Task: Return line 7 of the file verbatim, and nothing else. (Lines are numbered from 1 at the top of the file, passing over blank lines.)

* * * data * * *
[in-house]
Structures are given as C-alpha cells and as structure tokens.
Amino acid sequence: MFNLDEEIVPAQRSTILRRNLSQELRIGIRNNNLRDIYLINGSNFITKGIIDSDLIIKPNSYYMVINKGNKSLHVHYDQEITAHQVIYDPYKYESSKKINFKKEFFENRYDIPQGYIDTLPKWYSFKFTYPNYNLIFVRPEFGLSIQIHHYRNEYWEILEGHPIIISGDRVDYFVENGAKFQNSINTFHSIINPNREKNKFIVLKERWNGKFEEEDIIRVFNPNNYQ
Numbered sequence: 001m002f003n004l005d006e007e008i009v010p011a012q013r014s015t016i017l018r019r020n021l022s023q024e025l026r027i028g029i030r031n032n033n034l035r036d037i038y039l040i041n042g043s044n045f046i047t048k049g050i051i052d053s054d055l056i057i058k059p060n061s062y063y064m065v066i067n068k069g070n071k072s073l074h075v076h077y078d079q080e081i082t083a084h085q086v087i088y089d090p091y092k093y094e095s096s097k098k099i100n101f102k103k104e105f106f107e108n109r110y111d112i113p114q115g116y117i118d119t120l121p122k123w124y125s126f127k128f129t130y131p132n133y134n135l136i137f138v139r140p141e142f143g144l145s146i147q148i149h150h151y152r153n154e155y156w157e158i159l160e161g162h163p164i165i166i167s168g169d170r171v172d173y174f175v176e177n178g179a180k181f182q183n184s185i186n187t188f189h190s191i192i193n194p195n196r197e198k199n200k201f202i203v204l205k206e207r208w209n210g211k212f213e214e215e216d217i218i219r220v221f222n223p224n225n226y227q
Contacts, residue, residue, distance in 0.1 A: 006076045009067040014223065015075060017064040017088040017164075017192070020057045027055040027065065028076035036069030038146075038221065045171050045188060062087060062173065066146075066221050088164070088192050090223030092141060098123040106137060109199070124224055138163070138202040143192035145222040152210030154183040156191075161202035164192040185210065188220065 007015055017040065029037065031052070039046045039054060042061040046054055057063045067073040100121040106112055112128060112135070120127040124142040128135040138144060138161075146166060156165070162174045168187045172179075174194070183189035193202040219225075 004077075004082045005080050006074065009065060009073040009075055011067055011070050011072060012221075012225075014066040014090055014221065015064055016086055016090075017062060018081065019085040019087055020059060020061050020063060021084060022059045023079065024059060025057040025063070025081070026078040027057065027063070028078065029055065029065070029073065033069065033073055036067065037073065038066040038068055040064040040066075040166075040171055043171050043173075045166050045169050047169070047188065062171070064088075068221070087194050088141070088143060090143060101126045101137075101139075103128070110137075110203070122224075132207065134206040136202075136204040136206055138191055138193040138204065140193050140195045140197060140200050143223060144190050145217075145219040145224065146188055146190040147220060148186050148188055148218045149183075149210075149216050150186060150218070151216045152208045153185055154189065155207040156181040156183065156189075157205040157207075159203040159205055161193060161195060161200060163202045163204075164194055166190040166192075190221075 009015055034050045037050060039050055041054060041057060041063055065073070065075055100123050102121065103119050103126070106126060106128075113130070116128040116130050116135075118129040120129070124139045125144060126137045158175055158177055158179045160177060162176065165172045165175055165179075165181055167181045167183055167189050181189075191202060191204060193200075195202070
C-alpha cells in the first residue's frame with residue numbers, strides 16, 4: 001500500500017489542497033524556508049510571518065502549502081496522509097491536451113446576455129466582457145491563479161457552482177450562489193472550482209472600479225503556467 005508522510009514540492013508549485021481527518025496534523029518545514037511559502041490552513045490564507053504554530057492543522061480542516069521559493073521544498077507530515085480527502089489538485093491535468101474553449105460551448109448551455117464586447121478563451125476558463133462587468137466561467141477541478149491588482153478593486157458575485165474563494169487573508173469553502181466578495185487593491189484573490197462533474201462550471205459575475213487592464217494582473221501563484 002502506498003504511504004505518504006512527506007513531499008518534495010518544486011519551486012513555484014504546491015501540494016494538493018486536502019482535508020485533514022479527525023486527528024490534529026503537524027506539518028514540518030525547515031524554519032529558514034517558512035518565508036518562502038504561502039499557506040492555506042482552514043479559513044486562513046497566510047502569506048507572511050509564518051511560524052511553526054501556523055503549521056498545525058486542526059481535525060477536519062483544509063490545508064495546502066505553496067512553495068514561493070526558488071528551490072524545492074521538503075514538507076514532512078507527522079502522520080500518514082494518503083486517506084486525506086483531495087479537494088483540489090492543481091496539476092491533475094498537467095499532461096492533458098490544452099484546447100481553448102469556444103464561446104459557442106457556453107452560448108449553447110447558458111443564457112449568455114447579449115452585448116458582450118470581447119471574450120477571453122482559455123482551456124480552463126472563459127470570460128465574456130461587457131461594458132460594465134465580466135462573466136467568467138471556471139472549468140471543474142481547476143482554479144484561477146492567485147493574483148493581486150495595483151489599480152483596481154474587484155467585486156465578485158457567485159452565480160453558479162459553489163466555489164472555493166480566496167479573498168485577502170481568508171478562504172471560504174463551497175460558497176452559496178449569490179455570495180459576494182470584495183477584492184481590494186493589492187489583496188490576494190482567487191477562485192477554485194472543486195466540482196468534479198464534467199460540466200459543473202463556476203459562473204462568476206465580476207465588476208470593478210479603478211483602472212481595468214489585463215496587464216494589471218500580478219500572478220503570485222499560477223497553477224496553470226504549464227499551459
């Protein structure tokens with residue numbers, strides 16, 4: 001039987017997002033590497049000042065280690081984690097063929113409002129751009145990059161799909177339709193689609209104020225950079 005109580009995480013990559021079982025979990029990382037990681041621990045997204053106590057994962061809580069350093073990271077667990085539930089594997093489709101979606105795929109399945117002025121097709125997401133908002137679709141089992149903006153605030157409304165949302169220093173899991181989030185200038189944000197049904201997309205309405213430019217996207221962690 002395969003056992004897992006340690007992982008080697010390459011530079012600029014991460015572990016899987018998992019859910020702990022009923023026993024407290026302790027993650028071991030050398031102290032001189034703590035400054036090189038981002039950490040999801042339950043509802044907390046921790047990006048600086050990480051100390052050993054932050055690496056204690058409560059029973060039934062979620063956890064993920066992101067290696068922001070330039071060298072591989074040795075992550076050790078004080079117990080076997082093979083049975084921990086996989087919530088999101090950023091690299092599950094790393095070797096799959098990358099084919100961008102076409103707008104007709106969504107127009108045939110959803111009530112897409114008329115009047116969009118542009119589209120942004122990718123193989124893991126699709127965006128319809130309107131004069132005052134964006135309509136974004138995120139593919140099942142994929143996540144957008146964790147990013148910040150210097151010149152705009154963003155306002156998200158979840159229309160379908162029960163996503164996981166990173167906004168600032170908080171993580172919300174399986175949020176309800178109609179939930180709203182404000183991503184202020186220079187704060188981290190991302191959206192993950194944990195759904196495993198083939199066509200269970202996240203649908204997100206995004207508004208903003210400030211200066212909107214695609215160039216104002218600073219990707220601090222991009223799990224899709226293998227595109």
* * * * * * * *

């Protein structure tokens with residue numbers, strides 16, 4: 001039987017997002033590497049000042065280690081984690097063929113409002129751009145990059161799909177339709193689609209104020225950079 005109580009995480013990559021079982025979990029990382037990681041621990045997204053106590057994962061809580069350093073990271077667990085539930089594997093489709101979606105795929109399945117002025121097709125997401133908002137679709141089992149903006153605030157409304165949302169220093173899991181989030185200038189944000197049904201997309205309405213430019217996207221962690 002395969003056992004897992006340690007992982008080697010390459011530079012600029014991460015572990016899987018998992019859910020702990022009923023026993024407290026302790027993650028071991030050398031102290032001189034703590035400054036090189038981002039950490040999801042339950043509802044907390046921790047990006048600086050990480051100390052050993054932050055690496056204690058409560059029973060039934062979620063956890064993920066992101067290696068922001070330039071060298072591989074040795075992550076050790078004080079117990080076997082093979083049975084921990086996989087919530088999101090950023091690299092599950094790393095070797096799959098990358099084919100961008102076409103707008104007709106969504107127009108045939110959803111009530112897409114008329115009047116969009118542009119589209120942004122990718123193989124893991126699709127965006128319809130309107131004069132005052134964006135309509136974004138995120139593919140099942142994929143996540144957008146964790147990013148910040150210097151010149152705009154963003155306002156998200158979840159229309160379908162029960163996503164996981166990173167906004168600032170908080171993580172919300174399986175949020176309800178109609179939930180709203182404000183991503184202020186220079187704060188981290190991302191959206192993950194944990195759904196495993198083939199066509200269970202996240203649908204997100206995004207508004208903003210400030211200066212909107214695609215160039216104002218600073219990707220601090222991009223799990224899709226293998227595109």